Breanne M. Hoke

In Joffe et al. v. Google, the U.S. Court of Appeals for the Ninth Circuit unanimously ruled that Google could be sued for illegal wiretapping under the federal Wiretap Act, 18 U.S.C. § 2511,[1] when the company collected data from unencrypted Wi-Fi networks through its use of Street View photographs.[2]  The Ninth Circuit’s ruling bolsters the legal positions of consumer advocacy groups and government regulators to pursue privacy violations against Google.  It also follows the current trend to expand the scope of privacy jurisprudence to reach Internet based companies to protect the public.

In 2007, Google launched its “Street View” feature, which provides street level photographs of locations through its Google Maps service.[3]  Google was able to create these comprehensive images by attaching cameras to vehicles that drove on public roads and captured their surroundings.  From 2007 to 2010, Google also mounted Wi-Fi antennas onto its cars to collect data from nearby unencrypted Wi-Fi networks.[4]  Google collected both “basic data” that helped the company provide “location-based” services, and “payload data,” which includes all data transmitted by a device connected to a Wi-Fi network (i.e. emails, usernames, passwords, videos, and documents).[5]

In response to Google’s payload data collection, consumers filed a putative class action asserting that Google had violated the federal Wiretap Act, 18 U.S.C § 2511, and various other state wiretap statutes.[6]  The federal Wiretap Act, 18 U.S.C § 2511 imposes liability on a person who “intentionally intercepts . . . any wire, oral, or electronic communication,” subject to exceptions.[7]  Google argued its actions were lawful under the exceptions because the Wi-Fi signals were “electronic communications” that are “readily accessible to the general public.”[8]  The Wiretap Act provides that the exception, “readily accessible to the general public,” is limited to “radio communication.”[9]  However, the Act fails to define that term, which left the district court to interpret whether data transmitted over a Wi-Fi network is a “radio communication.”[10]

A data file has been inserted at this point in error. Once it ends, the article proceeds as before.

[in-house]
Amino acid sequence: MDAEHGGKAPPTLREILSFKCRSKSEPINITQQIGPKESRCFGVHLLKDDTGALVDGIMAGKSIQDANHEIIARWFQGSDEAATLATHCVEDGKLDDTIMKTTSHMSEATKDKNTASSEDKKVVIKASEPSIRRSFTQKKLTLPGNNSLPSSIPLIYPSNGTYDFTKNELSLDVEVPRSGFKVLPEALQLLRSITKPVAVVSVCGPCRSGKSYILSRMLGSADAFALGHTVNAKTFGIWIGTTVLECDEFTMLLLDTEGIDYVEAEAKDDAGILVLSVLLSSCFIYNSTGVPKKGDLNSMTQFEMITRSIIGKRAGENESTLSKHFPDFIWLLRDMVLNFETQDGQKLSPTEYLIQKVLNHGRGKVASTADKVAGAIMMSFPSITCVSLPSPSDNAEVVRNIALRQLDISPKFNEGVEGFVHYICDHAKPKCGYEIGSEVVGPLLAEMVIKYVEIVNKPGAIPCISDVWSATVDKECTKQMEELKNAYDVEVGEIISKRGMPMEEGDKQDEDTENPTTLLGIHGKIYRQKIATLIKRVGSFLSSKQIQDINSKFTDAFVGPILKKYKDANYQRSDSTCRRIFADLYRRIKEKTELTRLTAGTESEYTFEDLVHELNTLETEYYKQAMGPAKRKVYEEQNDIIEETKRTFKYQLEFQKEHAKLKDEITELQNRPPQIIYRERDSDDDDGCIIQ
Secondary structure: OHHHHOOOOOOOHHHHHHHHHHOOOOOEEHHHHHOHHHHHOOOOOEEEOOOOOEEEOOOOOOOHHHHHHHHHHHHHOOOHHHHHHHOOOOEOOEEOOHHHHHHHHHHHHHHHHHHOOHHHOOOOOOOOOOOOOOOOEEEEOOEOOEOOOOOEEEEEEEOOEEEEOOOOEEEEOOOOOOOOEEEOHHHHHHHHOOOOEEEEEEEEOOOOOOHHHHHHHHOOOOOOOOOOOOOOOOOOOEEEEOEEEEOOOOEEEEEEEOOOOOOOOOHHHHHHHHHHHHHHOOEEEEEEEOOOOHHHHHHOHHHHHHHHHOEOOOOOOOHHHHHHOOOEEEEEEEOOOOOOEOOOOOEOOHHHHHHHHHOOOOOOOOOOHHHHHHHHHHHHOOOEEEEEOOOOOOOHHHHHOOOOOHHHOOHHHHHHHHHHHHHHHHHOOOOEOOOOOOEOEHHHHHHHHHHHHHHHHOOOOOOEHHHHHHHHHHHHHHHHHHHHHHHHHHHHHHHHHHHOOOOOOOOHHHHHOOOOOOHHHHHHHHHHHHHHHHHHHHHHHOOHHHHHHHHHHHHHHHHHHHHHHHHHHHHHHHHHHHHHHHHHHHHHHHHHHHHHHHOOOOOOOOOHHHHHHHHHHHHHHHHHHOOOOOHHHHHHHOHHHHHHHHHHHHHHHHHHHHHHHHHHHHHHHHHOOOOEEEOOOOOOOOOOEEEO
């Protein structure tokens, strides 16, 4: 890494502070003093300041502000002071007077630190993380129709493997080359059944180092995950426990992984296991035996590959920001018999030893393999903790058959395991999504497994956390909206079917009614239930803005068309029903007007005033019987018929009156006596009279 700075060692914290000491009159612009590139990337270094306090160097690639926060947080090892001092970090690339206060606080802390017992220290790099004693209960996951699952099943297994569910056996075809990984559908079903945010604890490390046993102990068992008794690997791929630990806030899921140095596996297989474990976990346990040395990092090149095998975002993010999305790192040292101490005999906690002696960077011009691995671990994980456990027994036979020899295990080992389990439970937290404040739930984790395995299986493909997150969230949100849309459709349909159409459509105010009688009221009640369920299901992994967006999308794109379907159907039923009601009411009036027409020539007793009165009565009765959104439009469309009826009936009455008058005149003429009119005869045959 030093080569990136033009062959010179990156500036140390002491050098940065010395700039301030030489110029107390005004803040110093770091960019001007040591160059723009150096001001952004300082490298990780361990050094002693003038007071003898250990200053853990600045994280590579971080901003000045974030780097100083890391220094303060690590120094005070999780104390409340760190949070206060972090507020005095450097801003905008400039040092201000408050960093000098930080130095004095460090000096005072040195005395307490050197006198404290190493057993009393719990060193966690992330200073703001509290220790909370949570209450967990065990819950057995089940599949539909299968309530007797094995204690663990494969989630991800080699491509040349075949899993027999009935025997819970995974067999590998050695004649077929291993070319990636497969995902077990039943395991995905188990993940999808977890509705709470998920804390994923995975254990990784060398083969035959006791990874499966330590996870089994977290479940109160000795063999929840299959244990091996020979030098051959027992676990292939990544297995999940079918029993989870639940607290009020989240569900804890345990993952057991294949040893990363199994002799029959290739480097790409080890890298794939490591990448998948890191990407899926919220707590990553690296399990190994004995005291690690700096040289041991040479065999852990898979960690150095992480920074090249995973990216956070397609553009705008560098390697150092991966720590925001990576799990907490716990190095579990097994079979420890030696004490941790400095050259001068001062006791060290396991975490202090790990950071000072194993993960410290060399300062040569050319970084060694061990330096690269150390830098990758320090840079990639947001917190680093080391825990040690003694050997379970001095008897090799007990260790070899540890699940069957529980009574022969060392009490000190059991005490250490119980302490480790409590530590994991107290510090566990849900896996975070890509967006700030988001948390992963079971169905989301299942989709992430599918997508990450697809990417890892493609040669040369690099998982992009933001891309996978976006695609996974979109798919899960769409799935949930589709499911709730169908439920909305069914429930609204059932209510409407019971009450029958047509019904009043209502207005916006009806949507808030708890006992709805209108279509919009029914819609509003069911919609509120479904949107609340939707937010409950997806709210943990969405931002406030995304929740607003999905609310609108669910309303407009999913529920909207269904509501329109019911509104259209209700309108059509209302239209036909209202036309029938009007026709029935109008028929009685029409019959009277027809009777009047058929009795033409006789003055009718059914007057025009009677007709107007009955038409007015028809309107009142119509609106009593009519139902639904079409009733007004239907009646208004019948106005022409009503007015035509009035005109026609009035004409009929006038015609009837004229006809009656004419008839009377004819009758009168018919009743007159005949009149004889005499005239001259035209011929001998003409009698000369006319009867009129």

The district court interpreted “radio communication” to be limited to “traditional radio services,” and not to encompass other technologies that use radio waves.[11]  The court further addressed whether the term, “readily accessible to the general public” applied to electronic communications that are not radio communications in light of the 1986 amendments to the Act.[12]  It determined that Wi-Fi signals were not “readily accessible to the public” because Wi-Fi technology, like cellular phones, is designed to transmit radio waves in private communications to select recipients.[13]  Therefore, Wi-Fi technology intentionally makes third party monitoring difficult, and its use should be subject to greater protection than unencrypted public radio.[14] Based on its statutory interpretation, the district court denied Google’s motion to dismiss, and Google filed an interlocutory appeal to the Ninth Circuit.

The Ninth Circuit affirmed the lower court’s ruling.  First, the court ruled that Google did not meet the first prong of the exception under 18 U.S.C. § 2511(2)(g)(i) because data transmitted over Wi-Fi networks does not meet the ordinary or historical definition of “radio communication.” [15]  The court disagreed with Google’s broad interpretation that radio communications refers to any information transmitted using radio waves, and ruled that Congress intended radio communication to be limiting when it excluded television broadcasts.[16] The Ninth Circuit supported its reasoning by finding radio communications to be generally understood as predominantly auditory broadcasts, which necessarily excludes data transmitted via Wi-Fi networks.[17]  It then determined that Congress also intended radio communications to be limited to predominantly auditory broadcasts in order to read the term coherently and consistently with the entire Wiretap Act.[18]